Elastic Arts’ New Event Series ST (ART UP) Merges Music and Visual Art
Written by Vocalo Radio on January 6, 2020
This Friday, January 10th, artists Hiroko Yamamura, Duane Powell, Jillian X and Takashi Shallow will join forces for an interdisciplinary night of visual art and DJ sets called ST(ARTUP) at Elastic Arts.
ST(ART UP) is a quarterly series that brings together DJ’s, live performance, and visual art to celebrate and support emerging talent in Chicago. Exploring and expanding on the idea of starting up an artistic practice, ST(ART UP) supports emerging artists by providing a safe space for experimentation and collaboration across the realms of visual art and music.
ST(ART UP) seeks to connect emerging artists to a broader network of creative practitioners to support their growth and encourages the exchange of ideas. ST(ART UP) will take shape as an opening party for each exhibition, featuring special performances by the exhibiting artists supported by a roster of local DJ’s.
Alyssa Brubaker is the Visual Arts Curator at Elastic Arts and the founder (along with Wayne Gravy) of Stylin’ Out Network, a collective of DJs and artists based in Chicago. Alyssa is currently is in the midst of a yearlong residency where she will present 4 visual art exhibitions. Alyssa, who DJs as Jillian X, is using this residency to present artists that respond to both visual art and music in their practice.
Takashi Shallow, one of the featured artists, runs a music/art label called Gesamt, which will be the focus of the next exhibition at Elastic, opening on January 10th.
We sat down with Hiroko, Duane and Takashi to get a preview of the event and discuss the combination of art, music and technology that makes Elastic Arts so unique …
What, if any, is the relationship between visual art and your musical practice? How do these mediums work in tandem for you? (Hiroko I know this one will apply to your work!
Hiroko Yamamura: As a former visual artist and college art teacher, the mediums are just intertwined heavily in my daily life since a young age. Although I try to keep space between them for my own mental origination, the emotions and moments that can be expressed by visual arts in tandem with the sonic arts are increased exponentially! Also, cool looking shit and cool sounding shit should go arm and arm.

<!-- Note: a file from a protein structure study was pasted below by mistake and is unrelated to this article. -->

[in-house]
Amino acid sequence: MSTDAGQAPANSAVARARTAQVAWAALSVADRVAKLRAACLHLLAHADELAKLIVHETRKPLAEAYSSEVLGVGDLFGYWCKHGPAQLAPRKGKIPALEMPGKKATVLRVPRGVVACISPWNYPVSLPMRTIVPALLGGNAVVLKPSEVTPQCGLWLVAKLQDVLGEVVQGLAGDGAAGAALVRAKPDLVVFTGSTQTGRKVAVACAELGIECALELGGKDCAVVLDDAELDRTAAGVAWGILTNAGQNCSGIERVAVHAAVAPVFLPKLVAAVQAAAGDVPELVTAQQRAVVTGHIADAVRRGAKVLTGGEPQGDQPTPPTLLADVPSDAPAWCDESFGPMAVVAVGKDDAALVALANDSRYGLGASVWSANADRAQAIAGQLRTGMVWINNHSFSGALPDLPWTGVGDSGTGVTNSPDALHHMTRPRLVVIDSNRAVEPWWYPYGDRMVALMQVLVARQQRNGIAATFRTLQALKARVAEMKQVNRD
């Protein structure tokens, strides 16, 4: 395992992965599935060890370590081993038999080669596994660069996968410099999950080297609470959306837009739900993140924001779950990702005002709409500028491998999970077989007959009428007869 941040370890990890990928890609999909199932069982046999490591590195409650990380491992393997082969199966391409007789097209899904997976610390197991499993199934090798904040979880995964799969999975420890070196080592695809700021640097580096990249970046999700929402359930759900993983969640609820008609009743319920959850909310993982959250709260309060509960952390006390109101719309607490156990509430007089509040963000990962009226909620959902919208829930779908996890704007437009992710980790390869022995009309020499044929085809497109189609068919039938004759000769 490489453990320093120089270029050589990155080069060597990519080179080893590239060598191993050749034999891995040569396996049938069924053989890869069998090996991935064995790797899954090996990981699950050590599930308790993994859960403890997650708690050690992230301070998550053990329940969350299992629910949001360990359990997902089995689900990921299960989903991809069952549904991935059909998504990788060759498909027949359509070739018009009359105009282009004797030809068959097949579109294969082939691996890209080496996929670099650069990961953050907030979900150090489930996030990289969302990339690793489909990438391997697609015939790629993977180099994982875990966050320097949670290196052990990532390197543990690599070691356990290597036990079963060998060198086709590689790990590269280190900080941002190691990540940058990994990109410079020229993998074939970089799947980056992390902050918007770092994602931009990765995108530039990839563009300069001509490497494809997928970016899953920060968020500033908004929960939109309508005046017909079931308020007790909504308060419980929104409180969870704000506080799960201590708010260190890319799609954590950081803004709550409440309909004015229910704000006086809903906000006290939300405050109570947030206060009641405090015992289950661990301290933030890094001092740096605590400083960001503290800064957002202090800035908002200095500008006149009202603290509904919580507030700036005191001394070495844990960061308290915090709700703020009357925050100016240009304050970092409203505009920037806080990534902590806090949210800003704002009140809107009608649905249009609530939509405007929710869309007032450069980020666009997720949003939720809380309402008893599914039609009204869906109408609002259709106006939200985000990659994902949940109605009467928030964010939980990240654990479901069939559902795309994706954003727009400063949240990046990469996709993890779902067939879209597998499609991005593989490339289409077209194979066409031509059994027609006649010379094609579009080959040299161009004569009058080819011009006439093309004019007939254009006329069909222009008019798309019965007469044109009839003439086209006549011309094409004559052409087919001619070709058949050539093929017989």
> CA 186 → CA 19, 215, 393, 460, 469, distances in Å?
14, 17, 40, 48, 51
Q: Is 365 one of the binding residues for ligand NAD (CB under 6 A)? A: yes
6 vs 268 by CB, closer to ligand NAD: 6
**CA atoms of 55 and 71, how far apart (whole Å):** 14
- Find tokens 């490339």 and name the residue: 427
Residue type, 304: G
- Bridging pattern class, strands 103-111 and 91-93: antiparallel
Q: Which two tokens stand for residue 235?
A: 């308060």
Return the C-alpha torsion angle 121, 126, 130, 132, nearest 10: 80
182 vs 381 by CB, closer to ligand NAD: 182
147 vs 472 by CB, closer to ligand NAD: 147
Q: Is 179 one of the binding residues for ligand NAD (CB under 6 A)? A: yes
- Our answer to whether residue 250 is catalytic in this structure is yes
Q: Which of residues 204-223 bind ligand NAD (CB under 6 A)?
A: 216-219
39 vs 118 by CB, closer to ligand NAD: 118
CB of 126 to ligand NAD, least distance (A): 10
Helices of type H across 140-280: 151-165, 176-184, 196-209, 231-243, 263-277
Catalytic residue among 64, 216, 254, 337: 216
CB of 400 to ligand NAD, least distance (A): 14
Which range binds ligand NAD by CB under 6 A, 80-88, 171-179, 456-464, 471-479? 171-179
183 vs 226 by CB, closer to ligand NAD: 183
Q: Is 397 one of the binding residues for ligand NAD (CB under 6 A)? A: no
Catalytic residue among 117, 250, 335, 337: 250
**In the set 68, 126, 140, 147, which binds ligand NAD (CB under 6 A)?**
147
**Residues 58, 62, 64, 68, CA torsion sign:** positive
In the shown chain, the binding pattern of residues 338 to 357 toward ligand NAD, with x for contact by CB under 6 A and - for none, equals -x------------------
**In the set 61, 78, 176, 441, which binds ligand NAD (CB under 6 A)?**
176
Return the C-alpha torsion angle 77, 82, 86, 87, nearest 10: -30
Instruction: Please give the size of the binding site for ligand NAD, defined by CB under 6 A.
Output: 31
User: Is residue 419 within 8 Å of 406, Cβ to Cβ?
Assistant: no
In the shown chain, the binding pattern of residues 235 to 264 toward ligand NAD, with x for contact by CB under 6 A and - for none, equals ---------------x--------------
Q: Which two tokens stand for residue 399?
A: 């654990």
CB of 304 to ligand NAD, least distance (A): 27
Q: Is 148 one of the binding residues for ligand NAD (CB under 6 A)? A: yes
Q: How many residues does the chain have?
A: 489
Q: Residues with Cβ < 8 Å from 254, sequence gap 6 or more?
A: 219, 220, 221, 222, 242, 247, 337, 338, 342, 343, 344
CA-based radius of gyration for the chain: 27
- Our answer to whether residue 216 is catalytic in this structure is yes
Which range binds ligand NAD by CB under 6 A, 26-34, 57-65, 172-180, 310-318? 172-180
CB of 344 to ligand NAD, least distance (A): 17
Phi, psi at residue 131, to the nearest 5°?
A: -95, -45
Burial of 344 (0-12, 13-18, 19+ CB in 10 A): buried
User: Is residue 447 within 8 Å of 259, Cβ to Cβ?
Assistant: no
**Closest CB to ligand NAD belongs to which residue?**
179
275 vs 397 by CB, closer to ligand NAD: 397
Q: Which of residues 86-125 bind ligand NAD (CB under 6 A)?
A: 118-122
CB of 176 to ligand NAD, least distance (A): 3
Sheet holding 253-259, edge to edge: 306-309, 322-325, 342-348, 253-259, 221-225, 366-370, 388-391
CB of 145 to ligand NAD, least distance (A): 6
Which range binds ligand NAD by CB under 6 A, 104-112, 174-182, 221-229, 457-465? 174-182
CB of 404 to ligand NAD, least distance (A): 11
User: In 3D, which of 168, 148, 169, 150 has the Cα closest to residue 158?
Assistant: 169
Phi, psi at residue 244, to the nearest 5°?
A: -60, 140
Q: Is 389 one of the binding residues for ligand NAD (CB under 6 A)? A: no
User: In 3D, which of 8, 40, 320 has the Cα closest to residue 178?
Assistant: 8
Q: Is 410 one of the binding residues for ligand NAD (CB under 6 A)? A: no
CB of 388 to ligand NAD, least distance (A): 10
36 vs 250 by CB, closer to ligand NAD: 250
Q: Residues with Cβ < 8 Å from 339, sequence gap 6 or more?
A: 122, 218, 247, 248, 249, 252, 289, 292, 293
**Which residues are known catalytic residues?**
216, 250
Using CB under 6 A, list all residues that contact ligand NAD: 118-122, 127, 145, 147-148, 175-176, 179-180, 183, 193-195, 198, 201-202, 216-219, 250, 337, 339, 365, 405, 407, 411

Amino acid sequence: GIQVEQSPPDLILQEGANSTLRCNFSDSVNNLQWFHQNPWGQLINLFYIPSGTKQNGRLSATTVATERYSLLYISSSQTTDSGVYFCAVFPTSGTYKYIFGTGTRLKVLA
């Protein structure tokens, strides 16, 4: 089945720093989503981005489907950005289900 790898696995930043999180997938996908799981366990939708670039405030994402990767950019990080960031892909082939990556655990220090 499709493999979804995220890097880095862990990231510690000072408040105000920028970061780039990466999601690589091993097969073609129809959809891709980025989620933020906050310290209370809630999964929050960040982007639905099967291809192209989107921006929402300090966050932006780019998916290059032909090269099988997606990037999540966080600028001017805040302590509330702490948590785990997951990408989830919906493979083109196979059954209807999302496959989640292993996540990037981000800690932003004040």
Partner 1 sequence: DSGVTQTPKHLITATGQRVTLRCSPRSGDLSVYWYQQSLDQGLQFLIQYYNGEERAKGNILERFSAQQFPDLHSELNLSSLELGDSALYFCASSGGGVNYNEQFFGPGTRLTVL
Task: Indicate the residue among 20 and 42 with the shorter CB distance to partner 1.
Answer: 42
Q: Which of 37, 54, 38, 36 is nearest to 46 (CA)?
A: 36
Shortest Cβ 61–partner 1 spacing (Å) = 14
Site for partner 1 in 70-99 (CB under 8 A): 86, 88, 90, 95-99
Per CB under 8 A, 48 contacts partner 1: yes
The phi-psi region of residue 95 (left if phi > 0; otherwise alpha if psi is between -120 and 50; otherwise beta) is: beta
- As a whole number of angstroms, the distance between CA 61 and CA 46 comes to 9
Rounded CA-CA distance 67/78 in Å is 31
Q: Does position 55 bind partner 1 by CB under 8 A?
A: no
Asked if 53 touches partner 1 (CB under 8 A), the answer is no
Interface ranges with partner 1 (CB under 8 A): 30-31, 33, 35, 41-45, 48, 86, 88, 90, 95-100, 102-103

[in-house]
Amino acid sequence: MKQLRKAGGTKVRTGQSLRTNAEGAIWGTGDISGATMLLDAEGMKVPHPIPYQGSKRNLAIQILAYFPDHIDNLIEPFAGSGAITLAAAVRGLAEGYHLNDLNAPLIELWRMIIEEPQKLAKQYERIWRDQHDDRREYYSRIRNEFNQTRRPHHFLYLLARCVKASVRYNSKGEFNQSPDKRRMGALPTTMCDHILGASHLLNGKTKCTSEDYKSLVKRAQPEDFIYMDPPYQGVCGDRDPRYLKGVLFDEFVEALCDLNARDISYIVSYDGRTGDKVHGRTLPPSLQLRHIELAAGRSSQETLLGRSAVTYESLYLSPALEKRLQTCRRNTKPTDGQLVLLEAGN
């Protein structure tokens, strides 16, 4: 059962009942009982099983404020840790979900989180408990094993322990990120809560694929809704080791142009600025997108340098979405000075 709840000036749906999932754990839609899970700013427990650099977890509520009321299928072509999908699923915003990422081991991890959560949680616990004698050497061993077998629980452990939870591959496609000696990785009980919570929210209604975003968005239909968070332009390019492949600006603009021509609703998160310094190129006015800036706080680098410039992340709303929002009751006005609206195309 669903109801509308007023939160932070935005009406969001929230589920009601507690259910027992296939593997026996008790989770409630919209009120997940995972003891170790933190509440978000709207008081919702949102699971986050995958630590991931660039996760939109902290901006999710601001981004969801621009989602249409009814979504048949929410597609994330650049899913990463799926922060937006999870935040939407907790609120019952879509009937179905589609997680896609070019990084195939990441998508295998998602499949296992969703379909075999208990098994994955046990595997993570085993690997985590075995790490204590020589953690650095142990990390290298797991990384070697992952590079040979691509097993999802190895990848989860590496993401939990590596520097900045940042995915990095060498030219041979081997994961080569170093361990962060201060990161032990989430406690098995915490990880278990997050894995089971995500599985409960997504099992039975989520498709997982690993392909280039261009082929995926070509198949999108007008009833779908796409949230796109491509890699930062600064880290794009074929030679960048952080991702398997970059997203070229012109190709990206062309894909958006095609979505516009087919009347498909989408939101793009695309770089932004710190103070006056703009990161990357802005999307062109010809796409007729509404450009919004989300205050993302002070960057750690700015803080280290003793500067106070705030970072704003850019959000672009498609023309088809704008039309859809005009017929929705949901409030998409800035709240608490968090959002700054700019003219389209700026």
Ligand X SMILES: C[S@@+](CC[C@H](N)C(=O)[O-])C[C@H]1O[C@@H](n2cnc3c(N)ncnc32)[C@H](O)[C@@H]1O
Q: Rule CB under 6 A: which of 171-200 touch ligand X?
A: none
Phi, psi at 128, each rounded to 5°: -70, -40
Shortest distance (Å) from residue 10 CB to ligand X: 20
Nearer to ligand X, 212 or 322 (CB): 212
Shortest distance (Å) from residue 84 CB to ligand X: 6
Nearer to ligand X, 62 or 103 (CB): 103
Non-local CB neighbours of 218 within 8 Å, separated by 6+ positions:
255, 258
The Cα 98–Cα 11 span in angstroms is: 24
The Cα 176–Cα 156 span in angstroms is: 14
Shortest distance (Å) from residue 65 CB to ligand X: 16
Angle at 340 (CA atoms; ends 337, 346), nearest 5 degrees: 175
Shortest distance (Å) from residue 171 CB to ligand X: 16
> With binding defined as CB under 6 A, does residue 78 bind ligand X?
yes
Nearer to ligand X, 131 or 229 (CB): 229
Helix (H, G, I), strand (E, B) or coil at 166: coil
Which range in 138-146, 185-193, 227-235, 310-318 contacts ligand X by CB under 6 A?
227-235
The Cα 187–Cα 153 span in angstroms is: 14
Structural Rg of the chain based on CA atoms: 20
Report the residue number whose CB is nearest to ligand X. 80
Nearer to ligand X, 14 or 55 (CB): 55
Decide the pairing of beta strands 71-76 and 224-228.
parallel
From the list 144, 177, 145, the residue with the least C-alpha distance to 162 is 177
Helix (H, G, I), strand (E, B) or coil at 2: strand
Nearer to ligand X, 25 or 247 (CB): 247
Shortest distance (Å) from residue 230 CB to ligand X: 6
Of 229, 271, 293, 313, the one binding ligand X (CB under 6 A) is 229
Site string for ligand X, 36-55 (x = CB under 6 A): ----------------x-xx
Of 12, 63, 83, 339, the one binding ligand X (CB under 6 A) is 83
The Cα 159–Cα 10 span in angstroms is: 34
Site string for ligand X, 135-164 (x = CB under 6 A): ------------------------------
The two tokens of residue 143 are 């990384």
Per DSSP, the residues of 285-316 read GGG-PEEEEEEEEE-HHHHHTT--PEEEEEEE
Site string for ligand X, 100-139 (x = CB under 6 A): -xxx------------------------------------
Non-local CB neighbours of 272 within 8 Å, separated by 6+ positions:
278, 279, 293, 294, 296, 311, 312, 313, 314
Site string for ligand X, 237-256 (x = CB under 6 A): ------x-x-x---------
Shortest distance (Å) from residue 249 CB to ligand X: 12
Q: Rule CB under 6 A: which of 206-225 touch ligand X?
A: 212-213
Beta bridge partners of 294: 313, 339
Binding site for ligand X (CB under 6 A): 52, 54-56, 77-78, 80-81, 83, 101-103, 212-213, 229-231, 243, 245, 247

Duane Powell: Because I’m mostly a DJ, I’ve not always had a way to incorporate visual art into my performance outside of screen imaging. Fashion, for me, is also a form of visual art so I always try to incorporate that. It’s actually how I first noticed Takashi. His style was so artful, I knew had to be some sort of artist lol.
Takashi Shallow: A book called Kunst Im Klub that features the art collection housed in Berghain has been a huge inspiration for me. It’s the only time I’ve seen international high art and dance music treated with equal seriousness. I try to present my own, often collaborative, work in a similar way in which visual art and electronic music projects merge or inform one another. Through curator Alyssa Brubaker and the venue Elastic Arts, I’ll have the opportunity to present some of these ideas in physical space rather than online in digital space where my projects in this style have lived since I began working on them in 2018.
Talk about Elastic Arts as an event space, what unique perspective does this venue bring to dance music in the city?
Hiroko: I’ve not had the pleasure to visit the space yet, but I’m super excited to check it out! I’ve only heard positive things.
Duane: I’ve had the pleasure of working with Sam, Adam and the good folks at Elastic Arts on several occasions for artful events of various mediums. Visual art exhibit openings, live band performances, documentary screenings to big house music parties with some of the biggest DJs on the global scene. This space allows for all of that to happen. It was designed for it.